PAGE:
Earth to Mouth
Near Newcastle, Ontario, lies Wing Fong Farm: 80 acres planted with succulent Asian vegetables destined for Chinese markets and restaurants.
It is here that Lau King-Fai (or Ma) has come to spend the rest of her days with her son. The farm is a long way from bustling Hunan Province, but after a tumultuous life in China, she has made it her home: caring for young shoots, working together with migrant Mexican workers and preparing meals in the farmhouse.
Born in 1929, Ma survived the loss of her father and two siblings during the Japanese occupation, and the death of her husband during the Cultural Revolution--which left her alone to support her family. It's little wonder that she believes in accepting fate. As she puts it, "Empty thoughts and wishful thinking are useless."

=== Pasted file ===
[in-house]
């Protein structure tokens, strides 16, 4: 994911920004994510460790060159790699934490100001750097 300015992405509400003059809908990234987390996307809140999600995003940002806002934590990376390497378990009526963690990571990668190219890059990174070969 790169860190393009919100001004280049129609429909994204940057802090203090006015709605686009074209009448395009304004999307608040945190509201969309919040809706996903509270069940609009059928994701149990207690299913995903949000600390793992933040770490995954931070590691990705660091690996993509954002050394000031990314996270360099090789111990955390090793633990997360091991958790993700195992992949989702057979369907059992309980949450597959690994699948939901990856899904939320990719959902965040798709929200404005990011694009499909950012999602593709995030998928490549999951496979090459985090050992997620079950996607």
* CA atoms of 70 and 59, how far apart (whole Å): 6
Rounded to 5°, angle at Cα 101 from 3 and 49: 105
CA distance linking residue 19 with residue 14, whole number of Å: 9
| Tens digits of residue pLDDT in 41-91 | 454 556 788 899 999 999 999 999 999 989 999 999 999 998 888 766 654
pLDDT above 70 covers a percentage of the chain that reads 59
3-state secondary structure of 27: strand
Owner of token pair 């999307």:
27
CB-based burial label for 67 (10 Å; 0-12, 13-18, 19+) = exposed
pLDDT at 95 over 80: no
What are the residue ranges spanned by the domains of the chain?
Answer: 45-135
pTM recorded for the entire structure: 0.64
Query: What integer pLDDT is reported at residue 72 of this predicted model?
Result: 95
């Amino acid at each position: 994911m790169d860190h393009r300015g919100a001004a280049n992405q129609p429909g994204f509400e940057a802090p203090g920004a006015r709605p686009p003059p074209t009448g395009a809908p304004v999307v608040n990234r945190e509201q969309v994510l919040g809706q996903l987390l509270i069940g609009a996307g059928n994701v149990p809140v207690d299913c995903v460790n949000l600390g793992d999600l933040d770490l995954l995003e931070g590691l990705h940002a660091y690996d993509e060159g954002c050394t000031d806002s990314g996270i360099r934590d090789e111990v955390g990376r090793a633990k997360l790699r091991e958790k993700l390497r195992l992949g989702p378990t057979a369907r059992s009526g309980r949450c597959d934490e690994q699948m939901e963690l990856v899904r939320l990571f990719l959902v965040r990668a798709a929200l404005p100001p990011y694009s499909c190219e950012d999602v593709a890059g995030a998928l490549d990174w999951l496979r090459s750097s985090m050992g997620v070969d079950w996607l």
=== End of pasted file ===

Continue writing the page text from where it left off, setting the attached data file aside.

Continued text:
Shot over the course of a complete farm cycle--from tilling, to planting, to harvest, to rest--Earth to Mouth is an exquisitely filmed, meditative look at life on Wing Fong Farm. For Yeung Kwan, Ma's son, the farm represents personal and financial independence. For Ma, it is an oasis of peace. For the half-dozen Mexican workers, it provides jobs that help support their children back home. Each in their own way, they endure the rigours of farming and savour their moments of peace.
2002, 41 min 33 s
Prix et mentions
Prix Plaque de Bronze - catégorie: Questions sociales
Festival international du film et de la vidéo
1 novembre 2003, Columbus - États-Unis
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